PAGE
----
Law360 is providing free access to its coronavirus coverage to make sure all members of the legal community have accurate information in this time of uncertainty and change. Use the form below to sign up for any of our weekly newsletters. Signing up for any of our section newsletters will opt you in to the weekly Coronavirus briefing.
Law360 (December 10, 2020, 10:27 PM EST) -- Patent experts are torn over whether intellectual property rights should be suspended during the COVID-19 pandemic, both in the U.S. and abroad, but they agree that the collaboration that developed vaccines at record-breaking speed should continue in the future.
During a panel at the Annual Berkeley-Stanford Advanced Patent Law Institute on Thursday, attorneys from Genentech, McDermott Will & Emery LLP and Fish & Richardson praised the "framework of collaboration" created by the pandemic.
"There are a lot of other diseases that are essentially epidemics — diabetes, we need to address Alzeheimer's and other neurodegenerative diseases — so this idea of collaboration and figuring out a way through contract, through IP, through other things, to potentially work together to move some of those forward, I think could be a useful learning [experience] from this," said Fish & Richardson principal Teresa Lavoie.
The broader conversation, which also featured a University of Utah S.J. Quinney College of Law professor and was moderated by Durie Tangri co-founder Daralyn Durie, touched on what challenges patents will face and how to best encourage innovation while guaranteeing broad distribution of needed medicines.
But the discussion was bookended by compliments to the "unprecedented collaboration" seen over the last several months in an industry that already was big on collaboration, as worded by Genentech Associate General Counsel Cara Coburn. Those collaborations included members of private companies, big and small, along with governments and nongovernmental organizations.
"IP is a huge component of the collaborations, who brings what to a collaboration, what can be done with the IP during a collaboration, protecting what is learned," Coburn said.
She also said this system couldn't have thrived without the patent system underpinning it. When the time came to search for treatments, drug companies were able to turn to their "medicine chest" of products they'd already developed to see what would work for the novel coronavirus.
However, it's been a challenge deciding how to best patent those repurposed drugs, said McDermott partner Bhanu Sadasivan. The drug compositions are likely already patent protected — or the patents have expired — meaning new patents would have to be issued for combining drugs, different formulations or methods of using them.
That kicked off a race to try to patent methods of use before other companies, while making sure a patent can hold up to any scrutiny based on enablement or written description requirements, something the Federal Circuit has been approaching strictly.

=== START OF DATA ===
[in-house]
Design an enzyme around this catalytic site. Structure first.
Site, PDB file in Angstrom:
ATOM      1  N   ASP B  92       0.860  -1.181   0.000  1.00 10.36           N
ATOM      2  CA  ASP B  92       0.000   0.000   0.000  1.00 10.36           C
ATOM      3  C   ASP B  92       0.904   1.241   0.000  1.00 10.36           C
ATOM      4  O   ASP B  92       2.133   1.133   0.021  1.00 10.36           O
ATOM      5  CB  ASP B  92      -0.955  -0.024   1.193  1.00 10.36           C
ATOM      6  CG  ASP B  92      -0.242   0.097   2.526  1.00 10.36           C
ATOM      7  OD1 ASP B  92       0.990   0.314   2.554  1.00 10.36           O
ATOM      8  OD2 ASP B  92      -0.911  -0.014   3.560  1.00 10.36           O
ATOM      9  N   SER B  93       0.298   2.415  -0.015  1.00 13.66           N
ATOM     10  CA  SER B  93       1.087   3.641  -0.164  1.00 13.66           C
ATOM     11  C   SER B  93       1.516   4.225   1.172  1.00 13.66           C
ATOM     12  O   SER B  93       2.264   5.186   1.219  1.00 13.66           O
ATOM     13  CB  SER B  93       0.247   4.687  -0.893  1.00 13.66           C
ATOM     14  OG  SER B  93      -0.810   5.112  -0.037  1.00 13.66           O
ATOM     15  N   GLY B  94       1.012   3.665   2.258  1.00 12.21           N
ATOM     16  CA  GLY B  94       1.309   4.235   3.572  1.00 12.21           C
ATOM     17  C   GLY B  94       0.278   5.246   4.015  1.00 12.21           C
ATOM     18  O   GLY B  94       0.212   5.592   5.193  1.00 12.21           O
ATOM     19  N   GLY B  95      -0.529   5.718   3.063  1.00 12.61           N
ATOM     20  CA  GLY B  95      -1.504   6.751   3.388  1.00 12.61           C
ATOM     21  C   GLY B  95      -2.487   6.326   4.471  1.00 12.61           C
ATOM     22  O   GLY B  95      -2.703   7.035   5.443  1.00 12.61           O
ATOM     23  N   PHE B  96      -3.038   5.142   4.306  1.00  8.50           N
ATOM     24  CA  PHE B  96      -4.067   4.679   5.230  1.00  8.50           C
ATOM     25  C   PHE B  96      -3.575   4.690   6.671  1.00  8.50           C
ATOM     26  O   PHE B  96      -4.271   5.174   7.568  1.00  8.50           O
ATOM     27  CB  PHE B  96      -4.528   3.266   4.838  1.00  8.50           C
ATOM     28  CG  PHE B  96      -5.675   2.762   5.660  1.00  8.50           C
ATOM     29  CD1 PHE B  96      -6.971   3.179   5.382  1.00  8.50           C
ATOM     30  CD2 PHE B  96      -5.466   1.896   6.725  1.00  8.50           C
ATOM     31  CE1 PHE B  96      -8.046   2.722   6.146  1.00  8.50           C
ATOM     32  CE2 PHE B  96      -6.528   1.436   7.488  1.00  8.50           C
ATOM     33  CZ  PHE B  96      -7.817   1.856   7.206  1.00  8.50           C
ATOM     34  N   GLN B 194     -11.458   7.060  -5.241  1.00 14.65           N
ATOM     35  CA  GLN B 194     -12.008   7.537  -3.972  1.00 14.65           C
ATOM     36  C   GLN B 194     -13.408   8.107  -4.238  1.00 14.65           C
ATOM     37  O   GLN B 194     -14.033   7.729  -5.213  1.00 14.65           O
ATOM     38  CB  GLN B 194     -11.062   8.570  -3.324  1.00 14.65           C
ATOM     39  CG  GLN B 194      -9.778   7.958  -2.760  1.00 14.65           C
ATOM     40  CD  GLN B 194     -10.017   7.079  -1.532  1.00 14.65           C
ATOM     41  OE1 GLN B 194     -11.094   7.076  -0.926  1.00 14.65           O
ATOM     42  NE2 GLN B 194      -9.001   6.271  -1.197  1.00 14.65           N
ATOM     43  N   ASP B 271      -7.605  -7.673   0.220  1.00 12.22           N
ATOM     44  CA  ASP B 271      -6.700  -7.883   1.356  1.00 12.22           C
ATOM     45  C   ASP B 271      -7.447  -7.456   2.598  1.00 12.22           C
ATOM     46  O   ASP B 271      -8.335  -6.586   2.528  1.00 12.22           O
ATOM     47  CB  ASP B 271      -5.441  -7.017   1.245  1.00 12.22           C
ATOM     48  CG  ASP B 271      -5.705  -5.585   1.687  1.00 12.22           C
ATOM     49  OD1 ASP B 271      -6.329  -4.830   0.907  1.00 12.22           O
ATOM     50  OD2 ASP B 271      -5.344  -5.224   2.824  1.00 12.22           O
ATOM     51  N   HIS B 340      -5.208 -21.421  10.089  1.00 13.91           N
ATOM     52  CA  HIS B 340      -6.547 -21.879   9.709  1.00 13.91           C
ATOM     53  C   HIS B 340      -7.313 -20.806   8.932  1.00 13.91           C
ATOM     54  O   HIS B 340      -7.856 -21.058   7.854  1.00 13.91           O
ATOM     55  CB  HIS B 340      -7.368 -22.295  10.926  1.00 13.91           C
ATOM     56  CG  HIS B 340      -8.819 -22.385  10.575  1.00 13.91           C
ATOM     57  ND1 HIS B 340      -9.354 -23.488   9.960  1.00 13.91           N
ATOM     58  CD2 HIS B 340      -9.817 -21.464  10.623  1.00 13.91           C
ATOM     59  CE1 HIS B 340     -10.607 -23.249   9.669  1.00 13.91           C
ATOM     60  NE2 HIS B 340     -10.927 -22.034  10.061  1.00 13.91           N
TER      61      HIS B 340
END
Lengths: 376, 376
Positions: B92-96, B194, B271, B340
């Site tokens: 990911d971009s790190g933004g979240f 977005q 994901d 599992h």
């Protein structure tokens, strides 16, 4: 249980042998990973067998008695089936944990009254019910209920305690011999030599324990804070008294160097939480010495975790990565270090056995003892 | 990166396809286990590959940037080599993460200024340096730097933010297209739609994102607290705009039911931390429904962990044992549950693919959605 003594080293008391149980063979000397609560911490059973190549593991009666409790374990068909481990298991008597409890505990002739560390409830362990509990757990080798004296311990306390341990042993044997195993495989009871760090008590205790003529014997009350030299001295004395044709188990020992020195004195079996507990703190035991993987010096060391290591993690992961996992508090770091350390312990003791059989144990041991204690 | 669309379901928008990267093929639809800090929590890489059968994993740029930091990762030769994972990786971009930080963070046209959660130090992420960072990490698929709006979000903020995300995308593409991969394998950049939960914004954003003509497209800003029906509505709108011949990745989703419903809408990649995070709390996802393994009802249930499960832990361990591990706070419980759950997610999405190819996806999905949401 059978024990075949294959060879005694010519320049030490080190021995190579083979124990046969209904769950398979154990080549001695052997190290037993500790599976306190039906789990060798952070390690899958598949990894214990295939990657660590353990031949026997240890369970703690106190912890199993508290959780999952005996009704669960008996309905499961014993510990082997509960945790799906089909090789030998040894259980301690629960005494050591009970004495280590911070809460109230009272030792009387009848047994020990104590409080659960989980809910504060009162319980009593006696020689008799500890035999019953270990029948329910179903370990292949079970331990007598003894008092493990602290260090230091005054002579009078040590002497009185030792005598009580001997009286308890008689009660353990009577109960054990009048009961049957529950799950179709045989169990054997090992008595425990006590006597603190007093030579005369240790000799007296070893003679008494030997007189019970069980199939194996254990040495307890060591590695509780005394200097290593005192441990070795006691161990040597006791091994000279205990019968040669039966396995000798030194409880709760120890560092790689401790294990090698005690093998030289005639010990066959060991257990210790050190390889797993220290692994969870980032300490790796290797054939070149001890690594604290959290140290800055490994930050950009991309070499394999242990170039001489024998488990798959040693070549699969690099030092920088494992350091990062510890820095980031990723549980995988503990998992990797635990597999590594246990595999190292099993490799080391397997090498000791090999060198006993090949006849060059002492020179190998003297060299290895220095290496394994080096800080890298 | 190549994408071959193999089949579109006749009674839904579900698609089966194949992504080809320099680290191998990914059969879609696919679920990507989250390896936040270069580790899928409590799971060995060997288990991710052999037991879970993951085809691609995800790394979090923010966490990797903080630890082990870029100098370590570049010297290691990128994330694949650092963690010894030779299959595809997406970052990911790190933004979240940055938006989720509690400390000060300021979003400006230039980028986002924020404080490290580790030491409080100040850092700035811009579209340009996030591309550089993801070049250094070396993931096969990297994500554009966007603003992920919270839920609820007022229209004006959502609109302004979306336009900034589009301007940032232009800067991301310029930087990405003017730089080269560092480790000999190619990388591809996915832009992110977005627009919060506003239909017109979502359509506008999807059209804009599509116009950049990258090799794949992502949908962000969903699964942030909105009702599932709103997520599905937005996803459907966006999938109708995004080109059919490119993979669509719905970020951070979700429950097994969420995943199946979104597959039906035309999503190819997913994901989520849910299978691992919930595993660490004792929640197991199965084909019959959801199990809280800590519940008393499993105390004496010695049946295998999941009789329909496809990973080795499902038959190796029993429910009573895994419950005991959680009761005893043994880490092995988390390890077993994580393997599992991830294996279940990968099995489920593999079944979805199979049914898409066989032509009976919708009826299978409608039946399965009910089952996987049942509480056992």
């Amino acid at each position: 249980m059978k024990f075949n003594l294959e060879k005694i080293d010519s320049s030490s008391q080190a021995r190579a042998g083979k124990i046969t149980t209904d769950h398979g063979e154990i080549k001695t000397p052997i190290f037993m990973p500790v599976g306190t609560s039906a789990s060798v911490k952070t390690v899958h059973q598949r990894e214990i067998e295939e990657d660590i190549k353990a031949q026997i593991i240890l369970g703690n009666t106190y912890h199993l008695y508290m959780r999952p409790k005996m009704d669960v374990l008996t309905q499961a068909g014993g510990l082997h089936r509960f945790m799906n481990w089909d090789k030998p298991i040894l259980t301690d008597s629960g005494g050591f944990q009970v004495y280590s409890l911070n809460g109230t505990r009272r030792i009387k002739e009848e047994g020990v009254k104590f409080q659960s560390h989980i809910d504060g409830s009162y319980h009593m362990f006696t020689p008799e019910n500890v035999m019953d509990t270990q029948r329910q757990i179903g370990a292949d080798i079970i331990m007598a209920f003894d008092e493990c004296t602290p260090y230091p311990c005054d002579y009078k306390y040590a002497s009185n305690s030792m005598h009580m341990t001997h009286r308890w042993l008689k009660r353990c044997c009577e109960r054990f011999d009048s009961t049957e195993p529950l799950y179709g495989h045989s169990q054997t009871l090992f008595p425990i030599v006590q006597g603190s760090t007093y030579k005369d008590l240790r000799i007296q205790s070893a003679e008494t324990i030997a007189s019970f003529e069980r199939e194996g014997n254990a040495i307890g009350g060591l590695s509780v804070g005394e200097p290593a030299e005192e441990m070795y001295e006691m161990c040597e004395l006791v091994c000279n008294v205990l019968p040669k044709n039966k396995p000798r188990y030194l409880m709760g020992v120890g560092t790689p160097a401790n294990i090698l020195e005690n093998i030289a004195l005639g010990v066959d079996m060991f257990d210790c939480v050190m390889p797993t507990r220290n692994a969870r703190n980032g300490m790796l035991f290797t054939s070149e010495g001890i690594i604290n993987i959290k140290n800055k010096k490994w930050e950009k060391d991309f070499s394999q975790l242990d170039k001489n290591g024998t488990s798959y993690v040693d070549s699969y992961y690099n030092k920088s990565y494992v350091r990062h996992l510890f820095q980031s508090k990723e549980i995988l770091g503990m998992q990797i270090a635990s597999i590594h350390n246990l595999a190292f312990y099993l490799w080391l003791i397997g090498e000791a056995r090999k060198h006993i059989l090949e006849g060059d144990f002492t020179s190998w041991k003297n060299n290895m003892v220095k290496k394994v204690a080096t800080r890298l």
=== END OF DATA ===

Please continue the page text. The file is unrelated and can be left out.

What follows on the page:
"The potential issue is how quick can you get that patent on file and make it be enabled and described sufficiently when it takes a long time to get sufficient data … before someone else," Lavoie said, adding later that "it's literally a race because it's a pandemic and people are dying."
The attorneys were also stressed about how the "tremendous uncertainty," as Coburn put it, surrounding patent eligibility is going to affect these patients, particularly for diagnostics and methods of treatment.
The panelists also discussed whether certain provisions of the World Trade Organization Agreement on Trade-Related Aspects of Intellectual Property should be waived during the pandemic and if compulsory licensing should be on the table.
Coburn said there's no need to waive TRIPS, which she called a "drastic solution," saying that it's unclear how doing so would help. She said there were no "concrete examples" of patents putting up any obstacles during the pandemic.
Jorge Contreras, the University of Utah law professor, likewise said that focusing on TRIPS may not be the best method for ensuring access to drugs, but he added that some kind of patent flexibility will have to be on the table.
It's going to be nearly impossible for a handful of companies to meet the global supply for COVID-19 vaccines, so easing up on patent rights is going to be essential to making sure broad distribution can happen, he said.
"These types of measures don't have to be permanent, and they're not requests that companies give up their IP rights entirely," he pointed out. "It's really a request that companies ease up on some of these rights in the short term to meet a very pressing global problem."
Contreras' issue with the TRIPS discussion is that it may be unnecessary. Individual countries have compulsory licensing mechanisms, which many have said they're willing to use, and under the Doha Declaration of 2001, WHO members agreed not to let TRIPS get in the way of responding to a public health crisis.
He noted that governments are already paying companies massive amounts of money to procure the vaccines, which should be enough incentive to innovate.
At that point, Contreras said, "patents are just gravy."
--Editing by Steven Edelstone.
For a reprint of this article, please contact email@example.com.